Home / World / A man in Brazil tried to touch a group of children at gunpoint. This mom went in to stop him.

A man in Brazil tried to touch a group of children at gunpoint. This mom went in to stop him.



Governor of Sao Paulo with Katia Sastre, who shot and killed a gunman who tried to rob a group of families. Tweeten reads, in part, " I went … today to pay tribute to a very special mom: Corporal Katia Sastre. Her courage and accuracy saved mothers and children yesterday at the door of a school."

Even watching the scene played on video is scary.

A gun rushes up to a group of primary school children in Brazil and tries to steal a bag. They fly. Mothers grab their children and give them safety.

That's when 42-year-old Katia Sastre decided to act. The Polish official pulled out his own weapon and fired the robber three times and hit him in his chest and leg.

He fell on the ground but pointed at his weapons at Sastre. According to the newspaper Folha de S. Paulo, he fired at least one bullet before his gun stuck. "The first shot ricocheted off something," Sastre man Andre Alves told the paper. "In his second attempt to fire, his weapons stuck. Thankfully, she was faster than he was, because when a dew detects that he is facing a police, he is shooting to kill."

The man released his weapon, point Sastre could roll him on his stomach and stab him until the police arrived.

The whole scene was captured on the school's video security system.

Sastre was with his 7-year-old at a school in Suzano, a city near São Paulo. They were waiting for a mother's day party to start, according to Newsweek.

Sagittarius, 21-year-old Eliventon Neves Moreira, was taken to a hospital where he died.

Sao Paulo Gov. Márcio França called the result "sorry and sorry". "It is not ideal that the suspect died. We would prefer that it had not happened," he told reporters. "But it's a warning to those who pick up a gun that they can be killed, because our security personnel are well educated to protect the public."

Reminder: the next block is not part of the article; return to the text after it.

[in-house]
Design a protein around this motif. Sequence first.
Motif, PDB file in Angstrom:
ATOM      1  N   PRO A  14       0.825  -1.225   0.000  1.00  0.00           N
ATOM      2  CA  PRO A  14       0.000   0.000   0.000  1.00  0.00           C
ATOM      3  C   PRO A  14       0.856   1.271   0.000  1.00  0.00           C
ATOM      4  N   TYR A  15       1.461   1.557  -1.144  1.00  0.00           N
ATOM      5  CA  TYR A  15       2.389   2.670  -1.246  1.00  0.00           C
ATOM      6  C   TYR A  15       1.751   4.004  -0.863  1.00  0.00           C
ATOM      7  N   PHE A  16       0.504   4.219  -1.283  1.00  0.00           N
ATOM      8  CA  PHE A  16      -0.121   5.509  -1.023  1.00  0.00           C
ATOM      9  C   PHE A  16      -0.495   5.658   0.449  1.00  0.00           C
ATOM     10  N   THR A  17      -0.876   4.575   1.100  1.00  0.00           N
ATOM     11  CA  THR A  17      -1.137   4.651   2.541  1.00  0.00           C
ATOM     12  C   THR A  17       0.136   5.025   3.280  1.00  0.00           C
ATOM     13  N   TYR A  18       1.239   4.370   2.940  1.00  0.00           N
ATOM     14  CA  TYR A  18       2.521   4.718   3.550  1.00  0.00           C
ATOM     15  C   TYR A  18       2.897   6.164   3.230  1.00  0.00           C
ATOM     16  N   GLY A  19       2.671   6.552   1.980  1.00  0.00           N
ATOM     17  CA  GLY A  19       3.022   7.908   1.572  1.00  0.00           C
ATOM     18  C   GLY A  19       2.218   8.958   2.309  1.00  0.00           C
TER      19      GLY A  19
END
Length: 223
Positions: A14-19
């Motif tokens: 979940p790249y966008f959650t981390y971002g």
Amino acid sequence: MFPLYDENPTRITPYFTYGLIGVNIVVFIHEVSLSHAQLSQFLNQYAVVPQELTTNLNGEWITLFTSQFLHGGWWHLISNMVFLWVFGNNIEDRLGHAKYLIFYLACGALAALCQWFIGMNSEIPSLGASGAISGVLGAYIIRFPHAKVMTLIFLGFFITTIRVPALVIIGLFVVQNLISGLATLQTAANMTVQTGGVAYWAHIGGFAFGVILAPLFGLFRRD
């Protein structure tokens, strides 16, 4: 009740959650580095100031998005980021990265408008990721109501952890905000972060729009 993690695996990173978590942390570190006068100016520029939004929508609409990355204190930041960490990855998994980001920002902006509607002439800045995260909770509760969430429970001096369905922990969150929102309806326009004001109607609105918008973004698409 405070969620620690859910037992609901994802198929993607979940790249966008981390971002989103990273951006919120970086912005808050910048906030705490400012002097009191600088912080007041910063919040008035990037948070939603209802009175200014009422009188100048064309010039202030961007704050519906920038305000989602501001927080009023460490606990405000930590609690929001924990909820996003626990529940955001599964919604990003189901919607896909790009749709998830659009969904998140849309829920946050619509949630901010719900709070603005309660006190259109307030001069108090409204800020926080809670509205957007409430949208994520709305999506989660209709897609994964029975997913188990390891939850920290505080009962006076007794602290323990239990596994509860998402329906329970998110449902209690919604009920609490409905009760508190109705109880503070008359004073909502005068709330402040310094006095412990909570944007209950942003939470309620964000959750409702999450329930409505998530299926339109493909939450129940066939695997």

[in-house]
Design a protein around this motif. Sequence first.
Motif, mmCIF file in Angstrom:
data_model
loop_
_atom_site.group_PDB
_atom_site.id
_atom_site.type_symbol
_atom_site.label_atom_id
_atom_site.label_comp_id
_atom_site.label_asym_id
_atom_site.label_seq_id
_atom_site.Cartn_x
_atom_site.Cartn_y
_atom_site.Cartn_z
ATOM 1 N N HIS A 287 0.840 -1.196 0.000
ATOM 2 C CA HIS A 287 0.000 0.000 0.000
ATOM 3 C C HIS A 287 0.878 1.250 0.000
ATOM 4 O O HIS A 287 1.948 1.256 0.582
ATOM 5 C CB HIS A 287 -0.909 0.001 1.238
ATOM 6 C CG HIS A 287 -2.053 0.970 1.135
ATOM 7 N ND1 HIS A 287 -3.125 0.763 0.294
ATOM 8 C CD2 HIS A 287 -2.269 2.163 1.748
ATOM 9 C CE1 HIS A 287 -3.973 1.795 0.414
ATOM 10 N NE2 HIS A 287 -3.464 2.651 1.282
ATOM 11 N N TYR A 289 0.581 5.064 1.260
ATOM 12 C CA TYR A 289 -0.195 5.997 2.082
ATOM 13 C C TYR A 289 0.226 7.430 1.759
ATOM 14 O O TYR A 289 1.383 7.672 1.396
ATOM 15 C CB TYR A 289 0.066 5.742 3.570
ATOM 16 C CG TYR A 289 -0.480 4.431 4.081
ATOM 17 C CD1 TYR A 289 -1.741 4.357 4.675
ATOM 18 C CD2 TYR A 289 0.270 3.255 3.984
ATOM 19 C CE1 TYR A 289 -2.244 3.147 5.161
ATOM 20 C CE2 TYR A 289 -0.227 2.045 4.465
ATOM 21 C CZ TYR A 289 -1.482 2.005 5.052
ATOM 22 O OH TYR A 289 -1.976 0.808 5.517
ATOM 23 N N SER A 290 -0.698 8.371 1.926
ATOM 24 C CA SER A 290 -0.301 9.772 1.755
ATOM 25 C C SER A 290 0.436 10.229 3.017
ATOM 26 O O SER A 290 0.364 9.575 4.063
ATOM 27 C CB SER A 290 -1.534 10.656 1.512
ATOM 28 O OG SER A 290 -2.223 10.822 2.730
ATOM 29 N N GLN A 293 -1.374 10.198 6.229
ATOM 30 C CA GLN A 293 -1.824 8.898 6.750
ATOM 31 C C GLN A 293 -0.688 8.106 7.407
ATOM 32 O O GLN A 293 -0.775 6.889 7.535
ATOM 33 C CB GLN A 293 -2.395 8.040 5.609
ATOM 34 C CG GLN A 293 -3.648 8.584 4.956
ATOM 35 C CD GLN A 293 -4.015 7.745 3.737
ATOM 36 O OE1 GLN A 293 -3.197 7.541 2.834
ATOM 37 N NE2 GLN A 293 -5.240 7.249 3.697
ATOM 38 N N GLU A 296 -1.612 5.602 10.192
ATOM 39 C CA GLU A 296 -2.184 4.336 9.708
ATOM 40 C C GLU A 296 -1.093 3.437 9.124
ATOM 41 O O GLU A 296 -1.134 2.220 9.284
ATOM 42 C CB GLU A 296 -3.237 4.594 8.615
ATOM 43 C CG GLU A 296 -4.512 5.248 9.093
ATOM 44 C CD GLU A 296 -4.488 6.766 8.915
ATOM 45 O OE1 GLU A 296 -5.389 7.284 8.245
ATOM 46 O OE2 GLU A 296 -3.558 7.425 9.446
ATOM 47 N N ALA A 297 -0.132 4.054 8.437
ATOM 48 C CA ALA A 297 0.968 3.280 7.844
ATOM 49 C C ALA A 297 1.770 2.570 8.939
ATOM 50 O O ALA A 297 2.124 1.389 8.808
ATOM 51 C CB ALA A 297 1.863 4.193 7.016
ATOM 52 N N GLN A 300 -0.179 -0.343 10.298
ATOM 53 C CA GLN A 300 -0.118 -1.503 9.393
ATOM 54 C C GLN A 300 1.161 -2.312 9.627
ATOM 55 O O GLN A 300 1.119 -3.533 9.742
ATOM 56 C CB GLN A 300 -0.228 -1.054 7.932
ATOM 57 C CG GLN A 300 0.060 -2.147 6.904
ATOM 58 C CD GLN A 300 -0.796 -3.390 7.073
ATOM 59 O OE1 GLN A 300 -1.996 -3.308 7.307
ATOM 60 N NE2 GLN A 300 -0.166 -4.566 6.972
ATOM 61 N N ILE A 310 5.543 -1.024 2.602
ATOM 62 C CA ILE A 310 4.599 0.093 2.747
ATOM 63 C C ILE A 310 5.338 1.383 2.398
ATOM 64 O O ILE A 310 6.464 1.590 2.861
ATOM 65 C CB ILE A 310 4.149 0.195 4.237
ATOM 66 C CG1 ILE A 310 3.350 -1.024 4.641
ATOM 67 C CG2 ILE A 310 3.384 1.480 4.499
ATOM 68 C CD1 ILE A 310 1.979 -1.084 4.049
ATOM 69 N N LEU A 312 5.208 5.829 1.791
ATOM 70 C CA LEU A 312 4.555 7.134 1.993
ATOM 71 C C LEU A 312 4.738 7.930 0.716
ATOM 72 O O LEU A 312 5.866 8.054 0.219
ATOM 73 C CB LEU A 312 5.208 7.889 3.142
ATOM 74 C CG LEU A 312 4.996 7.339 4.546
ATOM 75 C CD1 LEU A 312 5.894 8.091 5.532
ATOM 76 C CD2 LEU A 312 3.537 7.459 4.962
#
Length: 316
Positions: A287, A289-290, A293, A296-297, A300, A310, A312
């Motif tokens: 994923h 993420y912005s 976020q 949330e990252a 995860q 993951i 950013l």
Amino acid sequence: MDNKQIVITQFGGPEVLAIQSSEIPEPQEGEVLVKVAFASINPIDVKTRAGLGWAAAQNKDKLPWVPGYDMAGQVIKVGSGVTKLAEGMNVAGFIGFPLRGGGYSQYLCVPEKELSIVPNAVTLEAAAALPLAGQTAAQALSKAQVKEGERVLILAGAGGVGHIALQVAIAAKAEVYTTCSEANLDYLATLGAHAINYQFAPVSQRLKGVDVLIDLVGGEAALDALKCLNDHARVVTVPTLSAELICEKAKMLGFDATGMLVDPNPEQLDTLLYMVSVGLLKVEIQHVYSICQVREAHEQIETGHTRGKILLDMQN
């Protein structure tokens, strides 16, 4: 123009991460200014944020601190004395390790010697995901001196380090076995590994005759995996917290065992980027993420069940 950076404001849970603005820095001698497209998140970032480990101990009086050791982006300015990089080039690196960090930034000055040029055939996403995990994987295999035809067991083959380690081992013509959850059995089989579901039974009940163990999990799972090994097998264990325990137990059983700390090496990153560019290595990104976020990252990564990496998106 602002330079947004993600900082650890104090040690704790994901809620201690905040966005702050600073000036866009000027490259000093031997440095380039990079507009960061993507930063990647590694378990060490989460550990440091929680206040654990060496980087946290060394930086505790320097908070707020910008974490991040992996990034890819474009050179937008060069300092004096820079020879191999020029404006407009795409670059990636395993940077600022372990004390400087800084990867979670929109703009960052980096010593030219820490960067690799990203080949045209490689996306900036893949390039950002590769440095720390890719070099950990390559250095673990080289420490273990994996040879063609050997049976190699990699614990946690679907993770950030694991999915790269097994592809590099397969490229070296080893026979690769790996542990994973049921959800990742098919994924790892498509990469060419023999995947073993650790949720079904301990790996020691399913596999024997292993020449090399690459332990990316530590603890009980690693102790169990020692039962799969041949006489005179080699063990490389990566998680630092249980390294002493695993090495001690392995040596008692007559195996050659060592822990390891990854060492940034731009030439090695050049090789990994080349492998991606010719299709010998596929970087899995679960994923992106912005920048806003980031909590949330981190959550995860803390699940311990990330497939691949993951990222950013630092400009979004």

Sao Paulo was once one of the world's most violent cities. But the area has seen a dramatic decline in crimes over the past decade. Murder mass has fallen from no more than 52.5 per 100,000 in 1999 to 6.1 per 100,000 today, about five times lower than the average, according to the World Economic Forum.

Experts state that the decline in young unemployment reduces men and rapid control over who has access to weapons and alcohol. Researchers also point to the fact that a gang has managed to take over much of the city. "PCC – which imposed its own brand of criminal order, a kind of Pax Mafiosa," according to WEF.

Alves reporters said his wife had been in police force for 20 years. She's fine, he said.

"She's calm and knows she was doing right," he said. "Everything ended well. It would have been a greater risk if suspected had discovered that she was a police first."


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